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Germany's 16 states: Saxony-Anhalt

Frederike Müller
December 8, 2021

Artistic landscaped gardens, Middle Ages flair and plenty of modern Bauhaus architecture — in Saxony-Anhalt there are UNESCO World Heritage sites at every corner.

A beautiful building in front of a body of water.
Saxony-Anhalt has many attractions to offer visitors

Saxony-Anhalt is not only rich in Romanesque cathedrals, but also in charming half-timbered buildings. It's also the region of Magdeburg and Quedlinburg, two of the oldest towns in Germany. More than 1,000 years ago, both were the seats of power of the first Roman-German emperor, Otto the Great. Last but not least, Saxony-Anhalt was the home of the reformer Martin Luther.  

Travel tips Saxony-Anhalt

Wittenberg and Luther

More than 500 years ago, legend has it that Martin Luther nailed his theses against the selling of indulgences to the castle church door in Wittenberg. Many original sites of his Protestant Reformation still exist today. The Luther House, for example, once a monastery and his residence, is now a museum filled with his personal objects and paintings. Check-in presenter Nicole Frölich visited Wittenberg during its 500th anniversary year in 2017.

Wittenberg: In the footsteps of Martin Luther

Luther in Eisleben

If a worldwide survey were to ask who the most famous Germans were, Martin Luther would likely be among them. He was baptized in the Church of St. Peter and Paul in Eisleben on November 11th, 1483. 

#DailyDrone: Church of St. Peter and St. Paul, Eisleben

Packed with history: Quedlinburg

When visiting the city of Quedlinburg, a UNESCO World Heritage Site, visitors may feel they've taken trip back in time to early Middle Ages. Founded more than 1,000 years ago, today, almost half a million visitors a year are attracted by the charm of the narrow cobbled streets lined with half-timbered houses.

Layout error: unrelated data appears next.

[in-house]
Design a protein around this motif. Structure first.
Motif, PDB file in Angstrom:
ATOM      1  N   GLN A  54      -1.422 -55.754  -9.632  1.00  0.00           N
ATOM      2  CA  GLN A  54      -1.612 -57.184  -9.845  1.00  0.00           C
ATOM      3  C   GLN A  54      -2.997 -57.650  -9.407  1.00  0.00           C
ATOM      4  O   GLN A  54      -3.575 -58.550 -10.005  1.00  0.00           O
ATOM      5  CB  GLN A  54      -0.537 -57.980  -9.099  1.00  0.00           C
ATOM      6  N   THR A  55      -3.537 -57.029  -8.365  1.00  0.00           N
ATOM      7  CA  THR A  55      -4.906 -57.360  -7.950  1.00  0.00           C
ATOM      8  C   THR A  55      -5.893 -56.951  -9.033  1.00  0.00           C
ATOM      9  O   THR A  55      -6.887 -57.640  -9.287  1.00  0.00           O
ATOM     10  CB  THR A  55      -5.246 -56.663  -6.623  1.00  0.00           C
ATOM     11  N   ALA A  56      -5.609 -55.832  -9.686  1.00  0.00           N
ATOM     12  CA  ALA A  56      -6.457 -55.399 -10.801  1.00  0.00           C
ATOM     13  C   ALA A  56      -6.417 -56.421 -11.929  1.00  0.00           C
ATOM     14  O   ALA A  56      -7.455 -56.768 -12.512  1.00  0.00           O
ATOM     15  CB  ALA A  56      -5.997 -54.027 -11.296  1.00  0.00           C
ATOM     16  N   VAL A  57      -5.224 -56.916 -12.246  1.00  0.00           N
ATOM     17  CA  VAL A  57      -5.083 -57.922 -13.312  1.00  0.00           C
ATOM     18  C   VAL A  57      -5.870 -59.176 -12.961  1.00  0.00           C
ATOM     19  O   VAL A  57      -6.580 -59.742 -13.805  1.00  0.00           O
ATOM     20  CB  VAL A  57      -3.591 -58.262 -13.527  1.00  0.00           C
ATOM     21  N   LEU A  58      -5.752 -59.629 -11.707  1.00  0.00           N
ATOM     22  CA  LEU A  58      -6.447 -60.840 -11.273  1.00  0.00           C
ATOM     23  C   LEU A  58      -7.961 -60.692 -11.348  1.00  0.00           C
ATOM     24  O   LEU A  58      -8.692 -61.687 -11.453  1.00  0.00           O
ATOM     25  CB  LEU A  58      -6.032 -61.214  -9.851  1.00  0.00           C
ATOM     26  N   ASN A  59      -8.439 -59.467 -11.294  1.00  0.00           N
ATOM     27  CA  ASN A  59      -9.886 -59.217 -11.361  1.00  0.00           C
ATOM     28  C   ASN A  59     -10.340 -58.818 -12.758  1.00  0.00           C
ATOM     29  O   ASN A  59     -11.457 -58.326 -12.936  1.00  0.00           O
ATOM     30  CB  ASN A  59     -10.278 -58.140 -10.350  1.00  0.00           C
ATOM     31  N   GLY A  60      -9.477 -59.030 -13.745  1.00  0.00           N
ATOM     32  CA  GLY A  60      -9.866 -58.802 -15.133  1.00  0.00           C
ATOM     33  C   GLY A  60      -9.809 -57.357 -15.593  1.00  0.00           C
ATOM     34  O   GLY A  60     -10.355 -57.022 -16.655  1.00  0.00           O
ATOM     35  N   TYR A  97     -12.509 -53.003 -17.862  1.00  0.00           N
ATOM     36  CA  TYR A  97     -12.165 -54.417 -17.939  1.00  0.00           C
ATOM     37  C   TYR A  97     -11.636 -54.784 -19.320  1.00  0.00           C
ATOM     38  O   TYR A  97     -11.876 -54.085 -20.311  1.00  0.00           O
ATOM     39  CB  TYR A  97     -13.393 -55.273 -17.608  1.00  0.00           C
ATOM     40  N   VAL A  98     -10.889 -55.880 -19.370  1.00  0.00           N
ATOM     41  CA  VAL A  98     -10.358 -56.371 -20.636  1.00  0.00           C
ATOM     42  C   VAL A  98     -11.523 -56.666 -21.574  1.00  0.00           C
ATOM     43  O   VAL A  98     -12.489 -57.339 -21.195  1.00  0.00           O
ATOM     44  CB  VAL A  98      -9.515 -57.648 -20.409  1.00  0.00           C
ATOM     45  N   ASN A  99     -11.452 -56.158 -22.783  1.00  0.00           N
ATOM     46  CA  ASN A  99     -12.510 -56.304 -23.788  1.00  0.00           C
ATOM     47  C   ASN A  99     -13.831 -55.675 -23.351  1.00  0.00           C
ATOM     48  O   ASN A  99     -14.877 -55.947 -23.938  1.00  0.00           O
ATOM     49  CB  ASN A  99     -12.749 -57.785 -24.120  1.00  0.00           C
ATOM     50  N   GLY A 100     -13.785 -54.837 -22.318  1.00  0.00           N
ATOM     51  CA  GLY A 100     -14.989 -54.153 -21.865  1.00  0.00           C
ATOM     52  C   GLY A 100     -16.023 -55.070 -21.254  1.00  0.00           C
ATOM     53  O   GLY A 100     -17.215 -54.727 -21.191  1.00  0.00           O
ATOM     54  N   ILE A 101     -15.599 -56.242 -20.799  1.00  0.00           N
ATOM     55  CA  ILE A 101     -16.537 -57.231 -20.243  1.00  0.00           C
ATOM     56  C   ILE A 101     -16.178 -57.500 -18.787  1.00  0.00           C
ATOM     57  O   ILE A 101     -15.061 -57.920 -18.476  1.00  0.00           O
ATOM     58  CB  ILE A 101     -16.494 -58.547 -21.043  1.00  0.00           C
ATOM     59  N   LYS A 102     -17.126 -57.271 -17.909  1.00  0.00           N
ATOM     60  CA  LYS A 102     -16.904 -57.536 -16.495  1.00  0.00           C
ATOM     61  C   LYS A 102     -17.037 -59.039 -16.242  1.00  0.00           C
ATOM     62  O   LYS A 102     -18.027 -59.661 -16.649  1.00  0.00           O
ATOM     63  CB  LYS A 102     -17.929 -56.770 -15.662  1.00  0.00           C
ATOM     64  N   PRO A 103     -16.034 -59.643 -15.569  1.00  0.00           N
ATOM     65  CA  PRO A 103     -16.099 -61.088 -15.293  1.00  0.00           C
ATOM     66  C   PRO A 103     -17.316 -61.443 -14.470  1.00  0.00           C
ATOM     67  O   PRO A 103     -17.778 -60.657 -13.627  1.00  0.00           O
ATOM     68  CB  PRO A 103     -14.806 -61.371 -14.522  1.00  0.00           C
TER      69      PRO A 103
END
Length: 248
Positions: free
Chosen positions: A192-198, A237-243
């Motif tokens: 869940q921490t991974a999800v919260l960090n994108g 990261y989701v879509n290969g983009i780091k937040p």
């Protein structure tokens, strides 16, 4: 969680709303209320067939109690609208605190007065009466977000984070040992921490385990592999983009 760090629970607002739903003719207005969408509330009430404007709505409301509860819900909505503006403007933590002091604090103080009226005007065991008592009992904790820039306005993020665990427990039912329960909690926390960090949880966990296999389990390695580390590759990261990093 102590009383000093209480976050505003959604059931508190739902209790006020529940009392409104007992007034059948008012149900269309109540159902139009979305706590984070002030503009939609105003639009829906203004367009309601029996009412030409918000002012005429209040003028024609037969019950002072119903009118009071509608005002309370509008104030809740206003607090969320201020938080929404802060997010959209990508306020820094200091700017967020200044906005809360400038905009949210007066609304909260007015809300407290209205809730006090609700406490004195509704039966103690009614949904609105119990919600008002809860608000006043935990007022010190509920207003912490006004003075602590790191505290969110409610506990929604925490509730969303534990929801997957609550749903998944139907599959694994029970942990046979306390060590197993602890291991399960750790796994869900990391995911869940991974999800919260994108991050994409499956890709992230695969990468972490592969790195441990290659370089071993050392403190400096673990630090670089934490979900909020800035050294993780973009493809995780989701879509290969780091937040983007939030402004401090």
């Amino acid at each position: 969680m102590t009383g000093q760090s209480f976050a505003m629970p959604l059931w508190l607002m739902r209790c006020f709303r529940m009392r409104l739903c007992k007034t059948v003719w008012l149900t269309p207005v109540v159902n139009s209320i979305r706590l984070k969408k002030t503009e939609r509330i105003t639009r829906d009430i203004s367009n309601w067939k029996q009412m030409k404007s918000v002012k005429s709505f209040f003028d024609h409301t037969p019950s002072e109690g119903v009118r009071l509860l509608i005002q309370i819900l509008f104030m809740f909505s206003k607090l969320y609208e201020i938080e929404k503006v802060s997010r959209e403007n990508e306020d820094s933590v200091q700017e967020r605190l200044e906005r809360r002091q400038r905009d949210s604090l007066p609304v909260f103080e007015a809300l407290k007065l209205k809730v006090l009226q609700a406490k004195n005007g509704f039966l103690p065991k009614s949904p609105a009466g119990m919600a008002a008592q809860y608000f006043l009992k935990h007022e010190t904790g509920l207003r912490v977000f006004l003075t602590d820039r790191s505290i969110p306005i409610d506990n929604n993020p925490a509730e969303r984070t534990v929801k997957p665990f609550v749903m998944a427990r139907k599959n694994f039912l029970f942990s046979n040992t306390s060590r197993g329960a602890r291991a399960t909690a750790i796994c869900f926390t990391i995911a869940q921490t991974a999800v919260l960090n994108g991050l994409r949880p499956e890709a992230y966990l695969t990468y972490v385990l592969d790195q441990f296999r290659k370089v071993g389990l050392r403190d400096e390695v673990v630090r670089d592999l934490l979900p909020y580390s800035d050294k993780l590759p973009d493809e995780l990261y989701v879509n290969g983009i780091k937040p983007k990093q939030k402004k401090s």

100 years of Bauhaus

Another city, another millennium: In 2019, the Bauhaus school celebrated its 100th anniversary. Many original buildings designed by the famous school of art, architecture and design still stand in the city of Dessau. The legendary school building and the adjacent houses, which have been part of the UNESCO World Heritage since 1996, were built in 1925/26. Visitors can even stay overnight in this World Heritage Site.

Garden Kingdom Dessau-Wörlitz

The third World Heritage Site in Saxony-Anhalt is the Garden Kingdom of Dessau-Wörlitz, a work of landscape art from the 18th century. Numerous canals run through the English-style garden. Visitors can take a boat out onto the water past the temple of Venus, the palace and works of art. A highlight of the complex is Europe's first artificial volcano.  

The garden kingdom of Dessau-Wörlitz

Tuscany of the north

The Middle Ages have truly left their mark along the Saale and Unstrut rivers in the many castles, monasteries, churches and vineyards seen along the way. Check-in host Lukas Stege gets into a canoe and explores the wine country along the two streams, while searching for the most beautiful woman of the medieval period, said to be in Naumburg Cathedral.

Tuscany of the north

Naumburg Cathedral

Naumburg Cathedral is one of the most important cultural monuments of the High Middle Ages in Germany. Since 2018, the cathedral is a UNESCO World Heritage Site, meaning Saxony-Anhalt has five such sites in total. This density of World Heritage sites in one state is considered unique in Germany.

Naumburg Cathedral

Adrenaline in the Harz Mountains

Saxony-Anhalt not only attracts culture lovers, but also an increasing number of sporty holidaymakers who are attracted to natural havens like the Harz Mountains, northern Germany's highest mountain range. The 458 meter-long (1,502 feet) steel suspension bridge at the Rappboden-Talsperre and the chance to take a speedy ride with the Mega Zipline are definitely part of the unique experiences one can have in this area. Check-in presenter Nicole Frölich experienced them during her visit to the Harz Mountains before the coronavirus pandemic.

Active vacations in the Harz

"Witches' dance floor" in Thale

High above the village of Thale in the Harz Mountains lies the Hexentanzplatz, or "Witches' dance floor." When it's not Walpurgis Night, the night from April 30 to May 1 that sees more than 10,000 witch- and magic fans meet for a wild party, the mountain plateau is quite idyllic.

#DailyDrone: Hexentanzplatz, Thale

Your trip to Germany

Are you looking for recommendations for your visit to Germany? We've got them: Tips for Germany — state by state.